B.J. de Boer
E.A.J. van Hooft
- Self-control at work: its relationship with contextual performance
- Journal of Managerial Psychology
- Volume | Issue number
- 30 | 4
- Pages (from-to)
- Document type
- Faculty of Social and Behavioural Sciences (FMG)
- Psychology Research Institute (PsyRes)
Purpose - Individuals differ in their levels of self-control. Trait self-control has been found to relate positively to desirable and negatively to undesirable behaviors in contexts like physical health, academic performance, and criminality. The purpose of this study is to examine the relevance of trait self-control in work-settings. The authors distinguished between two types of self-control, stop-control (inhibitory control) and start-control (initiatory control), and tested their differential validity in
predicting contextual performance.
Design/methodology/approach - In two independent employee samples, stop-control, start-control, organizational citizenship behavior (OCB), personal initiative, and proactive coping were measured. Counterproductive work behavior (CWB) was added in Study 2.
Findings - Results showed that only start-control was positively related to OCB, personal initiative, and proactive coping. Both stop-control and start-control were negatively related to CWB.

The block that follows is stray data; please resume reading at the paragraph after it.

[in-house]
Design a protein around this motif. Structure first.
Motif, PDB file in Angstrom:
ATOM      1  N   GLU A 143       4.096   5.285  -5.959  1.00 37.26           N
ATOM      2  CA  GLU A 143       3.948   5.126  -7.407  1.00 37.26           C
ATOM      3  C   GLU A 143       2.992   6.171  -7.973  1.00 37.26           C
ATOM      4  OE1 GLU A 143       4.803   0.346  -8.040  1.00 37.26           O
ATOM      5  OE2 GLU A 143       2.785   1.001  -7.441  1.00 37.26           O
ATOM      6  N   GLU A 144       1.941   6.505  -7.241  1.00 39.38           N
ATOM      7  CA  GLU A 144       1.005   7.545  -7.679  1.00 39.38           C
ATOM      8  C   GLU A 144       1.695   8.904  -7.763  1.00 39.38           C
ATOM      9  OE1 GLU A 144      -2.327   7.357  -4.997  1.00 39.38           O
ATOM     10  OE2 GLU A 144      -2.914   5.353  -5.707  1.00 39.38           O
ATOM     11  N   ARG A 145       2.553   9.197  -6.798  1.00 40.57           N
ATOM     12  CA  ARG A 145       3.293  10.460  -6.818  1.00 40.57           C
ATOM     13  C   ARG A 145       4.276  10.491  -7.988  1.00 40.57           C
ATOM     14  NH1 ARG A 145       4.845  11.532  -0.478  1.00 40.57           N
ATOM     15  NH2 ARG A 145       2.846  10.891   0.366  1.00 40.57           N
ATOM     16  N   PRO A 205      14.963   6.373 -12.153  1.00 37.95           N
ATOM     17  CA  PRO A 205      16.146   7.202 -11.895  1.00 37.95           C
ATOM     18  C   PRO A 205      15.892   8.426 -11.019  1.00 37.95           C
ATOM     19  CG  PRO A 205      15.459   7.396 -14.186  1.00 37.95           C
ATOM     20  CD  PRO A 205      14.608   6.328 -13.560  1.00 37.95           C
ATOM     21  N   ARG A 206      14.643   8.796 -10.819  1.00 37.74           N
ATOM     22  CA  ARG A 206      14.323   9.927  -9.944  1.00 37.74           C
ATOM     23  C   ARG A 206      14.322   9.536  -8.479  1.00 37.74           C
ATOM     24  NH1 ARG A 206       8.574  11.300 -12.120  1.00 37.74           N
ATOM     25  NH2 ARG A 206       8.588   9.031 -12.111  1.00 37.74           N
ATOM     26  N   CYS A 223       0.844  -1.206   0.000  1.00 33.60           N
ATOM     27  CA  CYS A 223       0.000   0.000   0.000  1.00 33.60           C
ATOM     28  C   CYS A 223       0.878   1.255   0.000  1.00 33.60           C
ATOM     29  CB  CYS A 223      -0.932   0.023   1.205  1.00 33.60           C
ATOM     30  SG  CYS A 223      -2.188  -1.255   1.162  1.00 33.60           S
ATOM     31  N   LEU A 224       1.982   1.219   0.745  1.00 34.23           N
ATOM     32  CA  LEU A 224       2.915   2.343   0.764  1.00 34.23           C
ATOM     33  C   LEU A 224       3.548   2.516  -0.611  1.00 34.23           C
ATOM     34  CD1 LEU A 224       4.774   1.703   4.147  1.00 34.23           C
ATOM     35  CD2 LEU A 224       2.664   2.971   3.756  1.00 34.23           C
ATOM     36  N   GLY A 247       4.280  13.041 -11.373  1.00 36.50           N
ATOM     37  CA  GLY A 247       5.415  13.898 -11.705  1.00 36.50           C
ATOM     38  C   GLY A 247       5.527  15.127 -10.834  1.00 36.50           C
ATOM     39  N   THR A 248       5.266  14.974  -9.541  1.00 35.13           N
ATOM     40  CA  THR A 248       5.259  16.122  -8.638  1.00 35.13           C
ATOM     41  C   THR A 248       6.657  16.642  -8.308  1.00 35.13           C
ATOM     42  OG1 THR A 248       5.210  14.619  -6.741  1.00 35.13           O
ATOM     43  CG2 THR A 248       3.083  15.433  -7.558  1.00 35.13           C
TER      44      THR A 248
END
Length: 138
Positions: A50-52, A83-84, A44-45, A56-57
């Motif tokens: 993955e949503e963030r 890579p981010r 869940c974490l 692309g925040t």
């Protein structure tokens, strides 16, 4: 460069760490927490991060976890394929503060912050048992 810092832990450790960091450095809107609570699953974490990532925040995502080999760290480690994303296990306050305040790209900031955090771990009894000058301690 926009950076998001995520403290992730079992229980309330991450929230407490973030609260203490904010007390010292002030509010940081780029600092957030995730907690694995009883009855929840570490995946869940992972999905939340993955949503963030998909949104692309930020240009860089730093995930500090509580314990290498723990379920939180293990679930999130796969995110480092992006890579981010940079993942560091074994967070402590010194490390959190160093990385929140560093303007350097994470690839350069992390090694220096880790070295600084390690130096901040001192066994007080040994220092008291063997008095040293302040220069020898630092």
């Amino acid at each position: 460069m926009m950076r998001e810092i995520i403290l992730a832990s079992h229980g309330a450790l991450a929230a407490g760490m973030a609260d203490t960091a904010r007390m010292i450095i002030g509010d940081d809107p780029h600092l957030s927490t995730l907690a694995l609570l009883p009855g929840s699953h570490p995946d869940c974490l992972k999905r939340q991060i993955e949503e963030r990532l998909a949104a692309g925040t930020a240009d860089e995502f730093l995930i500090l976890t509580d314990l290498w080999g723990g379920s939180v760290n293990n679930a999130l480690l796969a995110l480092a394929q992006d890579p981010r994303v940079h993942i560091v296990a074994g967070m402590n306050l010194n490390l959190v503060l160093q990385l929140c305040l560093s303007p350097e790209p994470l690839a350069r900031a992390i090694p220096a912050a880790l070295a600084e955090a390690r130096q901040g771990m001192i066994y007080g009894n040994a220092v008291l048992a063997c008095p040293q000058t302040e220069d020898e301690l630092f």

Research limitations/implications - Findings support the validity of distinguishing between stop-control and start-control, suggesting that self-control theory and models should be refined to incorporate this distinction. Limitations include the correlational design and self-report measures. Although results were similar across two independent studies, future research is needed to test the generalizability of the conclusions in other settings, using non-self-report data.
Practical implications - The distinction between stop-control and start-control may help organizations in selecting staff and assigning tasks.
Originality/value - The present research introduces the distinction between two conceptually different types of self-control (stop-control and start-control), demonstrating their relevance to work-related behavior.
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